:: Libya - All travel to Libya should be avoided due to the ongoing fighting, threat of terrorist attacks and kidnap against foreigners, and a deteriorating security situation throughout the country.

:: Central African Republic - All travel to the Central African Republic (CAR) should be avoided, with Britons being instructed to leave if it is safe to do so.

Tensions are high in the country, and there has been an increase in violence following an armed attack on a church and subsequent retaliation attack. There is an underlying threat from terrorism.

:: Russia - The advice is against all travel to within 10km of the border with the Ukrainian Donetsk and Lugansk Oblasts, and all but essential travel to within 10km of the border with the Ukrainian Kharkiv Oblast.

:: Sierra Leone - All but essential travel to Sierra Leone should be avoided, except for those involved in the direct response to the Ebola outbreak.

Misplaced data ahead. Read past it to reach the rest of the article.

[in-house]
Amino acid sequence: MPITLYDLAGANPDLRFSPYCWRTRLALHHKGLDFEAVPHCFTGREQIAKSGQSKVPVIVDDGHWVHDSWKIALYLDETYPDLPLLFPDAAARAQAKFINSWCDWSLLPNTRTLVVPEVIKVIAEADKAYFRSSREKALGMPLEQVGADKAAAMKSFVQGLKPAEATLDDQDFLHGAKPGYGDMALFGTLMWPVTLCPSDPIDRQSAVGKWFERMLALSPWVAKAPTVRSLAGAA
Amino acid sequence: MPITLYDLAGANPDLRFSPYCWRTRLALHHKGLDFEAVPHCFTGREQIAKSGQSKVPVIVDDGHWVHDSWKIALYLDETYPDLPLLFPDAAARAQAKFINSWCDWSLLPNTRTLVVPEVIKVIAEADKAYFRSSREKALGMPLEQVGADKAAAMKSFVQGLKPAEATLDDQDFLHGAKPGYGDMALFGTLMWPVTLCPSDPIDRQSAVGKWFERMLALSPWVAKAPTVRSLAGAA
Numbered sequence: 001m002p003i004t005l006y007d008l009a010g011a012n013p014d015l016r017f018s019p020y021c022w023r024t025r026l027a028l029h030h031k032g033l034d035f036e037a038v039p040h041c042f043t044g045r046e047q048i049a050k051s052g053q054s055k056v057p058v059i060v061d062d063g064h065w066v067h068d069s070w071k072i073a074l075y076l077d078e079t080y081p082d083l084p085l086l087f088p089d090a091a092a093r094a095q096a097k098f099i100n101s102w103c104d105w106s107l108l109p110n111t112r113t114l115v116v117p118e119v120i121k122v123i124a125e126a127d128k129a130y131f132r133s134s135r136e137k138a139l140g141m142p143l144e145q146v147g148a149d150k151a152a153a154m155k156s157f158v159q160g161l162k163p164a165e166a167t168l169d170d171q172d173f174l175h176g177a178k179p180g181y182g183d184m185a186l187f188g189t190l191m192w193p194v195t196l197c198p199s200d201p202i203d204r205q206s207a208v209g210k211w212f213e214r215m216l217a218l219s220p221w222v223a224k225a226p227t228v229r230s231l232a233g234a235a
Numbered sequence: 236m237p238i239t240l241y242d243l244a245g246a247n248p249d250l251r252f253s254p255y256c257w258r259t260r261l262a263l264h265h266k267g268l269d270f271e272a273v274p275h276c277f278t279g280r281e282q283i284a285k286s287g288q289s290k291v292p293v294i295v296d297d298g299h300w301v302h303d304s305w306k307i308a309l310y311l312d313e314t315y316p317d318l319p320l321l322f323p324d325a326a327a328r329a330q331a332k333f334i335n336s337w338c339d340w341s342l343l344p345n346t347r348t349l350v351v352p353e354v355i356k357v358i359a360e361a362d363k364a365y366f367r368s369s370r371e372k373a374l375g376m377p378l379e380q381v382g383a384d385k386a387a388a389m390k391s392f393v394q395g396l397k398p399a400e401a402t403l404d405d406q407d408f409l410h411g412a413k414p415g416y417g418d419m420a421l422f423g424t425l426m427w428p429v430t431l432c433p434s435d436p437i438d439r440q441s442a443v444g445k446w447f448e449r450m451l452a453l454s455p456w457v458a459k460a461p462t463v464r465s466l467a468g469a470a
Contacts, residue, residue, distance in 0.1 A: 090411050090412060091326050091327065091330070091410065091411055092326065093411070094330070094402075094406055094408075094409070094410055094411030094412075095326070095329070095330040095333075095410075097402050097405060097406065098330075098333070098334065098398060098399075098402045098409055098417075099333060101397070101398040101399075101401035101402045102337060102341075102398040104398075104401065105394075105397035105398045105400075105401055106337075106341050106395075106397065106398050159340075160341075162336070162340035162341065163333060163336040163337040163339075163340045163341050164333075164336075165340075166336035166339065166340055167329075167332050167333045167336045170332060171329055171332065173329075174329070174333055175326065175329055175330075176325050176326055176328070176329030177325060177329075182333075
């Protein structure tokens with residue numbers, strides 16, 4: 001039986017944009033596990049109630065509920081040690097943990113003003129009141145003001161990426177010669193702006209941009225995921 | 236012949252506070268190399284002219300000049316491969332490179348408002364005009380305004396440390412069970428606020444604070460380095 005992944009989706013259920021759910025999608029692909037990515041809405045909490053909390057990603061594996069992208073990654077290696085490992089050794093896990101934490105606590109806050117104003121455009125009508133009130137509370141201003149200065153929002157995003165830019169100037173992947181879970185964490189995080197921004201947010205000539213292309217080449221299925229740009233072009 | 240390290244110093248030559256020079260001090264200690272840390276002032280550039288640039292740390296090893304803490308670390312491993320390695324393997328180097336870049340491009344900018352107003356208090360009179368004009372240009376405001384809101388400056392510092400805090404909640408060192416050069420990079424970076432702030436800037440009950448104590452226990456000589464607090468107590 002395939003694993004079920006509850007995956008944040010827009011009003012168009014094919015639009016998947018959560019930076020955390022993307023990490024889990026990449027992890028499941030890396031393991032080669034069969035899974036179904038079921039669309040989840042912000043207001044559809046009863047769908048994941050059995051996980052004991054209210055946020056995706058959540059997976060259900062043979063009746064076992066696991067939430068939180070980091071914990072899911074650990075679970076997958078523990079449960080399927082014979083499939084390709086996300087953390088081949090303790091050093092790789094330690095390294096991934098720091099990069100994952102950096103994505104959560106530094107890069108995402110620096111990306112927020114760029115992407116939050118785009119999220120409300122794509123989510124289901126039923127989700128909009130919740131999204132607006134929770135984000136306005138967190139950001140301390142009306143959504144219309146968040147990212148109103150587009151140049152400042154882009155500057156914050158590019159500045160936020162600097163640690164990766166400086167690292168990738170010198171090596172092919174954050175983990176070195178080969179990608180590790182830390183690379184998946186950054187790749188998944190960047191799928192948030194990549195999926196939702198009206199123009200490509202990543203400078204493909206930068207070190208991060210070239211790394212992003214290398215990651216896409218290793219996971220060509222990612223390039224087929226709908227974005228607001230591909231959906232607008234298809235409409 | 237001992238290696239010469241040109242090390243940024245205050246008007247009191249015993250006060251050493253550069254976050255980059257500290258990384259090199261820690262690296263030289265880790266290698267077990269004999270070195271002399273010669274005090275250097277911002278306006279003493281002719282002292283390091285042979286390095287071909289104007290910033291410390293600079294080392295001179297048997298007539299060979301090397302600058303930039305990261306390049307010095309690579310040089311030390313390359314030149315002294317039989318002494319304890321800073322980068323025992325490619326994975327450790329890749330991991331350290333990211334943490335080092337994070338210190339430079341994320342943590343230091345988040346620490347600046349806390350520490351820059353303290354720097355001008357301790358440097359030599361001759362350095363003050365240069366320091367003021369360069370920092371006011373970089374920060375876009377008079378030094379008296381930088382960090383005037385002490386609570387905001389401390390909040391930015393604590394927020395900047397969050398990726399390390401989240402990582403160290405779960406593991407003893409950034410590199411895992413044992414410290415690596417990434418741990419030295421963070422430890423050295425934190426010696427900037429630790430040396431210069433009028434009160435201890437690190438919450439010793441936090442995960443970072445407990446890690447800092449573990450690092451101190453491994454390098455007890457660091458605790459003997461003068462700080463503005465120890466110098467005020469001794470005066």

:: Somalia - The advice is against all travel to Somalia, including Somaliland except for the cities of Hargeisa and Berbera to which the FCO advise against all but essential travel.

There is a high threat from terrorism, including kidnapping, throughout Somalia, including Somaliland, and terrorist groups have made threats against westerners and those working for western organisations.

:: Syria - The Foreign Office advises against all travel to Syria, and Brits are advised to leave.

:: The Foreign Office has also has travel advice for: Angola, Bangladesh, Burkina Faso, Burundi, Burma, Cambodia, Chad, Cameroon, Colombia, Congo, Ivory Coast, Democratic Republic of Congo, Djibouti, Ecuador, Eritrea, Ethiopia, Egypt, Georgia, Guinea, Haiti, Iran, Kenya, Kosovo, Lebanon, Mali, Mauritania, Nigeria, Niger, Sudan, Saudi Arabia, South Sudan, Turkey, The Philippines, Tajikistan, Thailand, Uganda, Venezuela, and Western Sahara.

Read more: